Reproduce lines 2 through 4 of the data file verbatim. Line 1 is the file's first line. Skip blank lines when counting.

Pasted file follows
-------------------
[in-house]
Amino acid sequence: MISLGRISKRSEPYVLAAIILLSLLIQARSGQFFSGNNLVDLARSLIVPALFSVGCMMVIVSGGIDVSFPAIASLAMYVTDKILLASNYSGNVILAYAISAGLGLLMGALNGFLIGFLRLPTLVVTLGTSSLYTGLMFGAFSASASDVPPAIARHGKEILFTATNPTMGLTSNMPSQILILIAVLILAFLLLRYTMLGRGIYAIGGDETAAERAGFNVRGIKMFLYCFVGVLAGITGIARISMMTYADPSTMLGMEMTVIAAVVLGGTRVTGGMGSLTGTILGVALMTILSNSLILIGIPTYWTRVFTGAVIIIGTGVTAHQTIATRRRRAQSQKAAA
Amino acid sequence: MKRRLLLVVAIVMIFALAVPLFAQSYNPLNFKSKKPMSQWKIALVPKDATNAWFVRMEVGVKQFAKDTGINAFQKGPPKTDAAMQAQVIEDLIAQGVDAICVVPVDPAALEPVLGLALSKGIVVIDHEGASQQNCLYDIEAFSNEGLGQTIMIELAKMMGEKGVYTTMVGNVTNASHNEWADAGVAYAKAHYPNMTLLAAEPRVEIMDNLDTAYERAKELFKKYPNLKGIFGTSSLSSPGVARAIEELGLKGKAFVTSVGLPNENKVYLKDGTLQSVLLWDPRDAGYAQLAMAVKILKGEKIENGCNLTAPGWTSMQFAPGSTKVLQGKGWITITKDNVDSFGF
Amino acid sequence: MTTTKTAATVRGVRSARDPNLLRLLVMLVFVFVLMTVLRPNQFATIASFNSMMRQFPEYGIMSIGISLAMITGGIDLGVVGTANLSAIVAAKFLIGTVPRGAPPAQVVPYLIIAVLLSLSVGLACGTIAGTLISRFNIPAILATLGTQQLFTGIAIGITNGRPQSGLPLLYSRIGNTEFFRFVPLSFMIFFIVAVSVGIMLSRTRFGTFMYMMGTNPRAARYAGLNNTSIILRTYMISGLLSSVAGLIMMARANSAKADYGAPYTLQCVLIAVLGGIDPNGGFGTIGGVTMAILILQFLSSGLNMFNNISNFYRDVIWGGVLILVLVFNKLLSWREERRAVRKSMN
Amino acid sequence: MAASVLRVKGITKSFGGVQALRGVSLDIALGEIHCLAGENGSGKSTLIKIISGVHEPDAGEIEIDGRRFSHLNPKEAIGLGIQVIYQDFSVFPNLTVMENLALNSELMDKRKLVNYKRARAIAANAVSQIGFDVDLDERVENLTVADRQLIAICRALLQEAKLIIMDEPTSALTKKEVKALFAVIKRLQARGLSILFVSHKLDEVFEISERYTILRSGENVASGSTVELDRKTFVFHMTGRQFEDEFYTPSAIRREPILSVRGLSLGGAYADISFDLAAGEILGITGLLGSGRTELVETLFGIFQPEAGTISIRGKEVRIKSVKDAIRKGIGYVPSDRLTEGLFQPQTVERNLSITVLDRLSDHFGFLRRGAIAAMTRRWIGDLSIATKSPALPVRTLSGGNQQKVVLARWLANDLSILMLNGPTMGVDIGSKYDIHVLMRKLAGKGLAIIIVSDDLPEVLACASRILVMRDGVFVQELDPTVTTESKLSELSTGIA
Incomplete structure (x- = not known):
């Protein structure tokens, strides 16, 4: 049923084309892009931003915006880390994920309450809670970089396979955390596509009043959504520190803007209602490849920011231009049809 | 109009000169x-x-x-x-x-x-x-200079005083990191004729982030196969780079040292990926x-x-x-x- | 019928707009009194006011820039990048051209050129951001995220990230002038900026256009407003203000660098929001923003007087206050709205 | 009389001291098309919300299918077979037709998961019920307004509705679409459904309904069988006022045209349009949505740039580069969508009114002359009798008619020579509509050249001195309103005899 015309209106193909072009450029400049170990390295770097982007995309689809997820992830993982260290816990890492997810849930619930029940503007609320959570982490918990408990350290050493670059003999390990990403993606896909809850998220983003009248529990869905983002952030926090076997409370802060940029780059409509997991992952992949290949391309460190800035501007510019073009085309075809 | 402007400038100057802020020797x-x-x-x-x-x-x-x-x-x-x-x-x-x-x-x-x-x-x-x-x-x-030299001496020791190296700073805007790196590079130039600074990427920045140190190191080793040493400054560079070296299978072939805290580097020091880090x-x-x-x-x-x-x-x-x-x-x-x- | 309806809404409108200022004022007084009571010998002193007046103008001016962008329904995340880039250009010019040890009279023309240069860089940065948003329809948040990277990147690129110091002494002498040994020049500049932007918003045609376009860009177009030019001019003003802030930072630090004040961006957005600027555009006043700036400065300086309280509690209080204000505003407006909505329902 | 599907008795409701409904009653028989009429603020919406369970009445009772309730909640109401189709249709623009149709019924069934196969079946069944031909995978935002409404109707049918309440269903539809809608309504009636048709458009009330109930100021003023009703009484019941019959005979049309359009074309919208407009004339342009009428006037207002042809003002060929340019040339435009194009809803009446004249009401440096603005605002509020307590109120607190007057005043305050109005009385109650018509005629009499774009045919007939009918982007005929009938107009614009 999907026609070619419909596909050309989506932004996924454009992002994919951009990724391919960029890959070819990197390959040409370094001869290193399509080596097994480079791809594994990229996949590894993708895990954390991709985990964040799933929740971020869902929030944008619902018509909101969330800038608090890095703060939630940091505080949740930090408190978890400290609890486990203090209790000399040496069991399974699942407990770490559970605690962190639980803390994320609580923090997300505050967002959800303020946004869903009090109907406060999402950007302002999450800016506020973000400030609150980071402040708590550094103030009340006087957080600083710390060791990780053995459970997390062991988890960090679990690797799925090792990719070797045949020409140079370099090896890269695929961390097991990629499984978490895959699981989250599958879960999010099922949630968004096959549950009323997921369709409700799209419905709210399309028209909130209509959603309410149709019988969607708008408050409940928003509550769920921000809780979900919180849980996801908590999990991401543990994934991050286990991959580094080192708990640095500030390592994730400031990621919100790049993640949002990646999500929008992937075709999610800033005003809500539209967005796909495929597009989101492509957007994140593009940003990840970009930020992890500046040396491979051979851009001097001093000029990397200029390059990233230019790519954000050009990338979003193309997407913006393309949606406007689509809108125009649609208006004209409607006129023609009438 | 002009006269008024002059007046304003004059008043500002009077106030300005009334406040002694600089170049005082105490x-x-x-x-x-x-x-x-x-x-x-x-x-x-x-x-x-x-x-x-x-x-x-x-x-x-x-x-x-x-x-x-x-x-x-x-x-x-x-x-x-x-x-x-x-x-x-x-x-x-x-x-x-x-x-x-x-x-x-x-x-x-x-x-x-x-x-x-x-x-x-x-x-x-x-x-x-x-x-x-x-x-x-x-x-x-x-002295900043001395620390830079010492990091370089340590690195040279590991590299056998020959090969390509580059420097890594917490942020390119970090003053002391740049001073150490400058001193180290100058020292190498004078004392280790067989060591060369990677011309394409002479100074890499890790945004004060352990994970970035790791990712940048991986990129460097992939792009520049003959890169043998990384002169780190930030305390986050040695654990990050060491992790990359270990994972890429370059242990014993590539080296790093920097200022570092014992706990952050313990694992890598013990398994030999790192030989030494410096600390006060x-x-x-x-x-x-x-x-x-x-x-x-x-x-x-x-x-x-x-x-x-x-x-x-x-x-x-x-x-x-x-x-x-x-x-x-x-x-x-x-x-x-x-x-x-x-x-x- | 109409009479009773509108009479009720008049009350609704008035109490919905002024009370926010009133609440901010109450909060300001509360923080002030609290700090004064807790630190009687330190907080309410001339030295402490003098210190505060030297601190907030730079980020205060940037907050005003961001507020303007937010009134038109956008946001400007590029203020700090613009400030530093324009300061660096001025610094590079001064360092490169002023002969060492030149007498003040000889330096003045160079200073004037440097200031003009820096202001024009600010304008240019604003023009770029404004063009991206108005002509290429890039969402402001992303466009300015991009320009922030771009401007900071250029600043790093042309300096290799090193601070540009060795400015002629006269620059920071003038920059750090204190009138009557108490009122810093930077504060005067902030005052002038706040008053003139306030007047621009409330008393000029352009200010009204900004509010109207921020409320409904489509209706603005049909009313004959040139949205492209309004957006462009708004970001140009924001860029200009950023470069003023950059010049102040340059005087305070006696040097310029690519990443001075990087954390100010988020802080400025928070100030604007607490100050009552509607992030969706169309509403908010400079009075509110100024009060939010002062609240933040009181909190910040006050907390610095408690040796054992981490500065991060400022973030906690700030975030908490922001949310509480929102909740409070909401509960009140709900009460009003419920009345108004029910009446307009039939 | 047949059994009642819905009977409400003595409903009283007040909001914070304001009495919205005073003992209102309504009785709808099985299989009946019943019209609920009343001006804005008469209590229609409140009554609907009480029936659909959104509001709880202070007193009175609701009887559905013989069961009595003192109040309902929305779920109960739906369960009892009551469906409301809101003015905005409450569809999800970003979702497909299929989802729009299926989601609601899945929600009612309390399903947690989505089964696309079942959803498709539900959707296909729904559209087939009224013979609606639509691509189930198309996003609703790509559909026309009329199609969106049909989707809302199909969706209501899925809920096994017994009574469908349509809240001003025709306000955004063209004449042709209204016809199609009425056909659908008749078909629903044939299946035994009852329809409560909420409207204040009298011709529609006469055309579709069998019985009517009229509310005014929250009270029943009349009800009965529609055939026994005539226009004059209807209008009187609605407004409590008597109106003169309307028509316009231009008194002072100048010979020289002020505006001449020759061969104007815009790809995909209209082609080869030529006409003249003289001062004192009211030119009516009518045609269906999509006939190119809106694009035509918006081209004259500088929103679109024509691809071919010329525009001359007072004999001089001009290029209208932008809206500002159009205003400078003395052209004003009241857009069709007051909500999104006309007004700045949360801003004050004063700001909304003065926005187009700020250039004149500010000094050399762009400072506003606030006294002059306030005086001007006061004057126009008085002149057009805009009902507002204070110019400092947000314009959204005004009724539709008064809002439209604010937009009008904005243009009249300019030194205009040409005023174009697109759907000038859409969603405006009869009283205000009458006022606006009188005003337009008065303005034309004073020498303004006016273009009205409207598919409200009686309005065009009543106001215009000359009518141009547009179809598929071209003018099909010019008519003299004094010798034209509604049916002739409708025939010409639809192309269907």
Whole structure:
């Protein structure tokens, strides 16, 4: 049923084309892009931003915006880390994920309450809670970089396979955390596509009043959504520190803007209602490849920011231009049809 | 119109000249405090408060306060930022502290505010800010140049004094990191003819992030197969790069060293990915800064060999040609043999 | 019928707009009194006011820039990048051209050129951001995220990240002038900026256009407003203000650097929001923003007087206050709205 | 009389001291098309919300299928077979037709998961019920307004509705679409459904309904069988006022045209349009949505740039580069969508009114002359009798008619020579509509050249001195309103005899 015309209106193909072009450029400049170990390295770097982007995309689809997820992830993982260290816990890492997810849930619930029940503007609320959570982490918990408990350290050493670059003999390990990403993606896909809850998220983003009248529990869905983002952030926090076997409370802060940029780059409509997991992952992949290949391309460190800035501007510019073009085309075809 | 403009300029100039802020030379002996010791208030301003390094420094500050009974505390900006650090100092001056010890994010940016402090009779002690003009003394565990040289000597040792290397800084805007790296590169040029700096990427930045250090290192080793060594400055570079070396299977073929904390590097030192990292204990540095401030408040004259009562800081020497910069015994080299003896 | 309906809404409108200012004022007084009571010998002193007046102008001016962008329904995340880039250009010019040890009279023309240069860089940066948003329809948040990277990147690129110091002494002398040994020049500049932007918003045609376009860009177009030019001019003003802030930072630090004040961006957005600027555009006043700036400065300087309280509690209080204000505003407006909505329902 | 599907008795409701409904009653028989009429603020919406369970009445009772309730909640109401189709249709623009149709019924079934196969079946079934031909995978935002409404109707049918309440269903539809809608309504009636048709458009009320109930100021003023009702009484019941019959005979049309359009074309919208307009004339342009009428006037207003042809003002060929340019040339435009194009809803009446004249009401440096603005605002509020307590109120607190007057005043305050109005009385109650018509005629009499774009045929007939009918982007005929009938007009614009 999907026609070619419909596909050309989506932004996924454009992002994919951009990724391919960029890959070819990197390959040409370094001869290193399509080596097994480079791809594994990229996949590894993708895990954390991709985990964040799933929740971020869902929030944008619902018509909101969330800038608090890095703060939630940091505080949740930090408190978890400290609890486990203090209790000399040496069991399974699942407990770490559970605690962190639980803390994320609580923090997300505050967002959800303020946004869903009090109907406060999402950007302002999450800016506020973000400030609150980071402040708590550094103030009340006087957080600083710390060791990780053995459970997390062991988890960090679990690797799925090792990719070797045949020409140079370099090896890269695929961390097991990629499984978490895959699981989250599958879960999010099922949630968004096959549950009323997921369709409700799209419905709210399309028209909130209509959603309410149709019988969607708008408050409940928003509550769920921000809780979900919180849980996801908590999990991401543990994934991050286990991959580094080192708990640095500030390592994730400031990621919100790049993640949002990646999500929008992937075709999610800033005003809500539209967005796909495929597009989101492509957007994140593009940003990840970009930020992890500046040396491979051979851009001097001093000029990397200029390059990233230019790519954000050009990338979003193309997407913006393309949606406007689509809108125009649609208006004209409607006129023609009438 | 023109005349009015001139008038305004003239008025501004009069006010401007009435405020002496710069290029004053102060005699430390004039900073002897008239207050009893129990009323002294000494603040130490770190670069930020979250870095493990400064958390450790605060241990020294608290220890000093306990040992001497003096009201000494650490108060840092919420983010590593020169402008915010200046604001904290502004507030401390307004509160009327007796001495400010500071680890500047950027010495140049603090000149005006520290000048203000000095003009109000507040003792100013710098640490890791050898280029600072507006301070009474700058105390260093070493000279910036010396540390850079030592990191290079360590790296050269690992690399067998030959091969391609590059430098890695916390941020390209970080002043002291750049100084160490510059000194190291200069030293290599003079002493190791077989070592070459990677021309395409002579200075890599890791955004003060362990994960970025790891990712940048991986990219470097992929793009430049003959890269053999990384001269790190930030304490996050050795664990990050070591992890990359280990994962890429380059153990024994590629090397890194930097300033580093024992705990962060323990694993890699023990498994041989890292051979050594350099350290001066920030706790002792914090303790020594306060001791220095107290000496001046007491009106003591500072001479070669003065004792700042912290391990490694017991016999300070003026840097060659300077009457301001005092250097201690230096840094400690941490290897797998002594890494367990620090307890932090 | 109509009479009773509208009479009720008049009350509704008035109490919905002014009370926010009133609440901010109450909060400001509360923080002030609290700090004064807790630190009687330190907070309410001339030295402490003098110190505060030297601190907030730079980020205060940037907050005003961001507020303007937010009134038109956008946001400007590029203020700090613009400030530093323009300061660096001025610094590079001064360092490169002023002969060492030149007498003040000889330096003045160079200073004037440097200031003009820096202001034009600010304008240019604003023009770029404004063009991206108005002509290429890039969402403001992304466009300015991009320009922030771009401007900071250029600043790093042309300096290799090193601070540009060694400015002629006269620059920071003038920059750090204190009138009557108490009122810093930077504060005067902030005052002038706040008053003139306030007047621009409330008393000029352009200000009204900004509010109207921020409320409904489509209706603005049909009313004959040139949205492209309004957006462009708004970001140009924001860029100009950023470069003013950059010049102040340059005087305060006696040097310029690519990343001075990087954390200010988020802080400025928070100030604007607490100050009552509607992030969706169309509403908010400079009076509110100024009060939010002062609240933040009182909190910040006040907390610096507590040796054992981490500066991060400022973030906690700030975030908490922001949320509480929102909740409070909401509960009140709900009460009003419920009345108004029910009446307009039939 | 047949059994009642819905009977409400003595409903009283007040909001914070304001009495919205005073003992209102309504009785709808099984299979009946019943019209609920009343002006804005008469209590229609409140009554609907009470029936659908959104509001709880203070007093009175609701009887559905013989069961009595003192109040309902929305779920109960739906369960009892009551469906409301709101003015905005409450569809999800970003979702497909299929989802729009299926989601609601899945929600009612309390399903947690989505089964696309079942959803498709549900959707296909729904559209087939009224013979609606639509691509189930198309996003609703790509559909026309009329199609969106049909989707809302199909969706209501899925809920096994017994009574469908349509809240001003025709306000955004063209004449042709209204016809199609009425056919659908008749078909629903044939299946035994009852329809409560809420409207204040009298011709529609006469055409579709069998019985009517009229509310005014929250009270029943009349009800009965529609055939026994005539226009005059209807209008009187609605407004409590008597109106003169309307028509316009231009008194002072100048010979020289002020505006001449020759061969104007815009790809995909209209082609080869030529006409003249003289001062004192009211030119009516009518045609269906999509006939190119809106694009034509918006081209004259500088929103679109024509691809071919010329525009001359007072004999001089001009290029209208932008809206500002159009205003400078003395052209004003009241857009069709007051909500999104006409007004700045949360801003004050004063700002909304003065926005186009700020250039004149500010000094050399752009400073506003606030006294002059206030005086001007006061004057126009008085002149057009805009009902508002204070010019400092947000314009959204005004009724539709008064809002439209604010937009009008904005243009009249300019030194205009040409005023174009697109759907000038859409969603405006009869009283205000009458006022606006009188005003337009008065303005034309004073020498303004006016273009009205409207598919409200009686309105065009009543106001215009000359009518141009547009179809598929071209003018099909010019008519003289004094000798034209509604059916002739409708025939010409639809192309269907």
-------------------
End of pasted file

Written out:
Amino acid sequence: MISLGRISKRSEPYVLAAIILLSLLIQARSGQFFSGNNLVDLARSLIVPALFSVGCMMVIVSGGIDVSFPAIASLAMYVTDKILLASNYSGNVILAYAISAGLGLLMGALNGFLIGFLRLPTLVVTLGTSSLYTGLMFGAFSASASDVPPAIARHGKEILFTATNPTMGLTSNMPSQILILIAVLILAFLLLRYTMLGRGIYAIGGDETAAERAGFNVRGIKMFLYCFVGVLAGITGIARISMMTYADPSTMLGMEMTVIAAVVLGGTRVTGGMGSLTGTILGVALMTILSNSLILIGIPTYWTRVFTGAVIIIGTGVTAHQTIATRRRRAQSQKAAA
Amino acid sequence: MKRRLLLVVAIVMIFALAVPLFAQSYNPLNFKSKKPMSQWKIALVPKDATNAWFVRMEVGVKQFAKDTGINAFQKGPPKTDAAMQAQVIEDLIAQGVDAICVVPVDPAALEPVLGLALSKGIVVIDHEGASQQNCLYDIEAFSNEGLGQTIMIELAKMMGEKGVYTTMVGNVTNASHNEWADAGVAYAKAHYPNMTLLAAEPRVEIMDNLDTAYERAKELFKKYPNLKGIFGTSSLSSPGVARAIEELGLKGKAFVTSVGLPNENKVYLKDGTLQSVLLWDPRDAGYAQLAMAVKILKGEKIENGCNLTAPGWTSMQFAPGSTKVLQGKGWITITKDNVDSFGF
Amino acid sequence: MTTTKTAATVRGVRSARDPNLLRLLVMLVFVFVLMTVLRPNQFATIASFNSMMRQFPEYGIMSIGISLAMITGGIDLGVVGTANLSAIVAAKFLIGTVPRGAPPAQVVPYLIIAVLLSLSVGLACGTIAGTLISRFNIPAILATLGTQQLFTGIAIGITNGRPQSGLPLLYSRIGNTEFFRFVPLSFMIFFIVAVSVGIMLSRTRFGTFMYMMGTNPRAARYAGLNNTSIILRTYMISGLLSSVAGLIMMARANSAKADYGAPYTLQCVLIAVLGGIDPNGGFGTIGGVTMAILILQFLSSGLNMFNNISNFYRDVIWGGVLILVLVFNKLLSWREERRAVRKSMN